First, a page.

Is Organic Safer and Healthier?

Is Organic Safer and Healthier?

If healthier means free from bacterial contamination and other harmful organisms, the answer is no. The USDA makes no claims that organic foods are safer to eat than conventional foods. The Organic Trade Association says organic products are as safe as conventionally produced foods. Because certified organic farmers adhere to strict guidelines for safe and hygienic food production and comply with all local, state, and federal health standards, one can infer that their products are grown and handled with care and may be less likely to become contaminated. However, any produce—organic and nonorganic—can become contaminated with harmful bacteria.

The assumption, of course, is that natural pesticides are safer than the synthetic ones. Many of them are, but there are some notable exceptions. Rotenone, a pesticide allowed in organic farming, is far more toxic by weight than many synthetic pesticides used in conventional farming. The U.S EPA sets exposure limits for the amount of a chemical that an individual (including kids) can be exposed to per day without any adverse effects. For Rotenone, the EPA has determined that people should be exposed to no more than 0.004 milligrams per kilogram of body weight per day. Now when you compare that toxicity to Malathion (a commonly used synthetic pesticide), it is deemed five times more safe than Rotenone. In other words, by weight, the natural pesticide Rotenone is considered five times more harmful than the synthetic pesticide Malathion. The EPA’s recommended exposure limit for Glyphosate, another widely used synthetic pesticide (you might know it as Roundup) is 0.1 milligrams per kilogram per day, which means it’s 25 times less toxic, Captan 32.5 times less toxic and Pyrimethanil is 42.5 times less toxic than Rotenone. Rotenone is also not the only natural pesticide that out-ranks synthetic pesticides in terms of toxicity. The Pyrethrins, a class of pesticides derived from chrysanthemums that are approved for use in organic farming, are more toxic by weight than Roundup, Captan, and Pyrimethanil, too.

It’s only fair to directly compare toxicities if people are being exposed to similar amounts of these synthetic and natural pesticides. Many organic farmers use pesticides as a last resort—so in theory, exposures to natural pesticides should be low. (Conventional growers don’t use pesticides unless they have to, either, though; spraying is expensive.) The problem is that farmers often “have to use twice as much of the natural pesticides because they break down faster,” explains Linda Chalker-Scott, a professor of horticulture and landscape architecture at Washington State University. “One of the benefits of some of the more traditional synthetic pesticides is that they have been manufactured to be more effective at lower doses, thus not having to use as much.”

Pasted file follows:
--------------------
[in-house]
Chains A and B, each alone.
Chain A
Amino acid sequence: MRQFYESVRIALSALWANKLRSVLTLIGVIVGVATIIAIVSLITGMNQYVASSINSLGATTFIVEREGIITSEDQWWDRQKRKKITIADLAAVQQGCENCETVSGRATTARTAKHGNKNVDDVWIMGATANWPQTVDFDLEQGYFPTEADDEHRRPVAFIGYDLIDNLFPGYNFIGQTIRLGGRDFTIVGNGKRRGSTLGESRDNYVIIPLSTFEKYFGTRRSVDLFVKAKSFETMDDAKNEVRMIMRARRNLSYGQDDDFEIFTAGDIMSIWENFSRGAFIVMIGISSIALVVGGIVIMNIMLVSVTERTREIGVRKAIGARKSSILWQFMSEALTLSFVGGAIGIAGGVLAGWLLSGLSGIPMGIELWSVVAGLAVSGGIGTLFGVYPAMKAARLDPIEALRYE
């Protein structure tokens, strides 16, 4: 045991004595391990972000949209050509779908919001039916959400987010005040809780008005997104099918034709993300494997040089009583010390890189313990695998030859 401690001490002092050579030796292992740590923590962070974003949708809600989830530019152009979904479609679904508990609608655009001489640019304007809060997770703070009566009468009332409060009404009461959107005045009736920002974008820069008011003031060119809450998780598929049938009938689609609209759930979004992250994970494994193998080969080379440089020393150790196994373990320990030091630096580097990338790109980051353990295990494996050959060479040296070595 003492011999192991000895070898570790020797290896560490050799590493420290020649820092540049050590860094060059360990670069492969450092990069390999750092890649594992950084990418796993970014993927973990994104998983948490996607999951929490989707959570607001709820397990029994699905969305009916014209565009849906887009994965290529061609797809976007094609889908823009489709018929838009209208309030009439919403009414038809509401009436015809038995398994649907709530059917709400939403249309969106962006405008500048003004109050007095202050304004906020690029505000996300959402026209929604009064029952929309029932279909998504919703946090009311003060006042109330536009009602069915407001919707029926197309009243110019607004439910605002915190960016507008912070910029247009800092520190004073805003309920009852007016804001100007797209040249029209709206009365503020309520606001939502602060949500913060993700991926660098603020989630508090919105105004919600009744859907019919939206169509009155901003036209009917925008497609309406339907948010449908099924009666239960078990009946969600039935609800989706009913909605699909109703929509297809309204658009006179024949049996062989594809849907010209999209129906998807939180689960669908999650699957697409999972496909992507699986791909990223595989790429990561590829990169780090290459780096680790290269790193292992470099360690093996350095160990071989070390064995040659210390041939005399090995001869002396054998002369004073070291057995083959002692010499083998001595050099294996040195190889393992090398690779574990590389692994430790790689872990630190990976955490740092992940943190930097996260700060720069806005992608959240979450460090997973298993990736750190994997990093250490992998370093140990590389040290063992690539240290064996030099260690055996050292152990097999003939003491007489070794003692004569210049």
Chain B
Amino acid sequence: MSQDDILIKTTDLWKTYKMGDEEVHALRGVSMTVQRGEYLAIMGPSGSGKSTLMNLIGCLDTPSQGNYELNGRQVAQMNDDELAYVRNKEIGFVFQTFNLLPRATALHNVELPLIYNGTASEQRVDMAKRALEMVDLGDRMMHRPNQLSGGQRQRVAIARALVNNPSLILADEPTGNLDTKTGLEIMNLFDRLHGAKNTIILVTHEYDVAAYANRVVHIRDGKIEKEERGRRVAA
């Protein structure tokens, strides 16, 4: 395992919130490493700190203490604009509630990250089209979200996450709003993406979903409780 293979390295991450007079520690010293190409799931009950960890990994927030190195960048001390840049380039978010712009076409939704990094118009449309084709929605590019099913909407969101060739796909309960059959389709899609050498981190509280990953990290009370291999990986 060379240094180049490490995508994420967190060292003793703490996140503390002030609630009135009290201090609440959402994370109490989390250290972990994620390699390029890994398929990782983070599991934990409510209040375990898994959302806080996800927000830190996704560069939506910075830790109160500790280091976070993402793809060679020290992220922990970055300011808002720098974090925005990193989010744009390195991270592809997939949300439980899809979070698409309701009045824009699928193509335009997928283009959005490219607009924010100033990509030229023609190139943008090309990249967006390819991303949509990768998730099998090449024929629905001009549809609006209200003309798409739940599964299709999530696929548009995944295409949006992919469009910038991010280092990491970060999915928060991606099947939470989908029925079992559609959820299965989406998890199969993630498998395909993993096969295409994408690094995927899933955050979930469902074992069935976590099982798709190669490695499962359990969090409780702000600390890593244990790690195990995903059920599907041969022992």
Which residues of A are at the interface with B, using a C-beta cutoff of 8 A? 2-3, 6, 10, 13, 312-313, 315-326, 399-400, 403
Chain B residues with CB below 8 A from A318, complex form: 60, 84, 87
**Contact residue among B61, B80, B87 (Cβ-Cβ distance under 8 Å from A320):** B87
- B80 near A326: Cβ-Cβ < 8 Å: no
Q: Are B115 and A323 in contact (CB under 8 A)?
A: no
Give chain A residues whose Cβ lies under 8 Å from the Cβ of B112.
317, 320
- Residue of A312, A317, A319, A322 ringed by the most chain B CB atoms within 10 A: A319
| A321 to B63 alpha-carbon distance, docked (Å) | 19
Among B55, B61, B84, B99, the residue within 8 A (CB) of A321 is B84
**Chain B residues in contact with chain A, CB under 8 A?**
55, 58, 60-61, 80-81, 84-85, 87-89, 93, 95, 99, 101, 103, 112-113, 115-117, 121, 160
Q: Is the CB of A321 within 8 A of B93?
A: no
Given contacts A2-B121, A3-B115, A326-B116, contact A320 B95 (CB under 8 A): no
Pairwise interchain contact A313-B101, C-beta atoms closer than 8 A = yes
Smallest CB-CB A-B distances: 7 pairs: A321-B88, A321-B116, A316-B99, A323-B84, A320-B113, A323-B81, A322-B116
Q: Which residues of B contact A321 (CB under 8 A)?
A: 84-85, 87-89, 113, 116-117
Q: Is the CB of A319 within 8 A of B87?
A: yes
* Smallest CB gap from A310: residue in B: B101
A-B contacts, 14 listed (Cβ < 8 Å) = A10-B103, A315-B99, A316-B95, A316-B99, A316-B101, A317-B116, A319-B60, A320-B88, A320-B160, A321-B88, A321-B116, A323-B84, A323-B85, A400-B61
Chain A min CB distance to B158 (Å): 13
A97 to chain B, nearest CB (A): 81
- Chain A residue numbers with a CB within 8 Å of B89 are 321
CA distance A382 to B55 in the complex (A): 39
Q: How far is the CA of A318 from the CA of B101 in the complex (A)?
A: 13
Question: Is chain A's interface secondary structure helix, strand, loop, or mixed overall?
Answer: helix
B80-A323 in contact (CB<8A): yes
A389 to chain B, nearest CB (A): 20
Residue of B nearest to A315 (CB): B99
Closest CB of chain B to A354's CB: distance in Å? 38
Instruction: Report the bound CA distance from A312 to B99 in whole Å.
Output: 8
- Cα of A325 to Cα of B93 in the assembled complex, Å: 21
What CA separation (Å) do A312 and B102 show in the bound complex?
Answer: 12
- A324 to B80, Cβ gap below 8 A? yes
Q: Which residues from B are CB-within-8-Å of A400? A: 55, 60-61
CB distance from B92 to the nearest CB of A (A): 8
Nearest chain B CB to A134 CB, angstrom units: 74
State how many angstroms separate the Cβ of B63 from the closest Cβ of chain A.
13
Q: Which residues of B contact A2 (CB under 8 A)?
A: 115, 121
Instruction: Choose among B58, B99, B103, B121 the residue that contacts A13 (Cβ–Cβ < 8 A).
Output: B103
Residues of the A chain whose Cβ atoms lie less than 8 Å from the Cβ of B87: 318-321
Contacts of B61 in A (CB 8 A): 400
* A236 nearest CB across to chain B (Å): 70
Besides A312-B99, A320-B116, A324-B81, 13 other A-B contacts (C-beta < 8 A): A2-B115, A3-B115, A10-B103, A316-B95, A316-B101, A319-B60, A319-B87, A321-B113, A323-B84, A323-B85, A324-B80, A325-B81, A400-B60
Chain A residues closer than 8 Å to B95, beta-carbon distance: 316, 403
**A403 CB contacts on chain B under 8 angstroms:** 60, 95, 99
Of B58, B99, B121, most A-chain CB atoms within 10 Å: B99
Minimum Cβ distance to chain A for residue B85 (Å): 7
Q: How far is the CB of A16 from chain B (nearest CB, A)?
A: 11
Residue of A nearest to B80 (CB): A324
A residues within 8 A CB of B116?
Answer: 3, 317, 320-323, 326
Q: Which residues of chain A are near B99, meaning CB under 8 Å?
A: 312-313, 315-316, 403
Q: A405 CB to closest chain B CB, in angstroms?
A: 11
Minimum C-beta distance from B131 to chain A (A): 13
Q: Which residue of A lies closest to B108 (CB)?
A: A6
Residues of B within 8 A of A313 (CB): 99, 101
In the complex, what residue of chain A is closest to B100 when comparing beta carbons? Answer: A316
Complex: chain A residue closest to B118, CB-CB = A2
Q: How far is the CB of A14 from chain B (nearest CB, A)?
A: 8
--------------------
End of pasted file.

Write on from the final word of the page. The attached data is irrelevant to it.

Ah, but what about all those studies that suggest that organic fruits and veggies harbor fewer pesticide residues than conventionally farmed produce does? Those studies only tested for synthetic pesticides. In the few studies that have also looked for natural pesticides – the USDA’s Pesticide Data Program tested for them on organic lettuce in 2009. In 2010 the California Department of Pesticide Regulation tested both organic fruits and vegetables for certain natural and synthetic pesticides, then USDA did an analysis of findings and found that between 15 and 43 percent of organic produce harbors measurable traces of either natural or synthetic pesticides or both. So it’s easy to conclude from these findings that, yes, organic produce can be pesticide-tainted, too.


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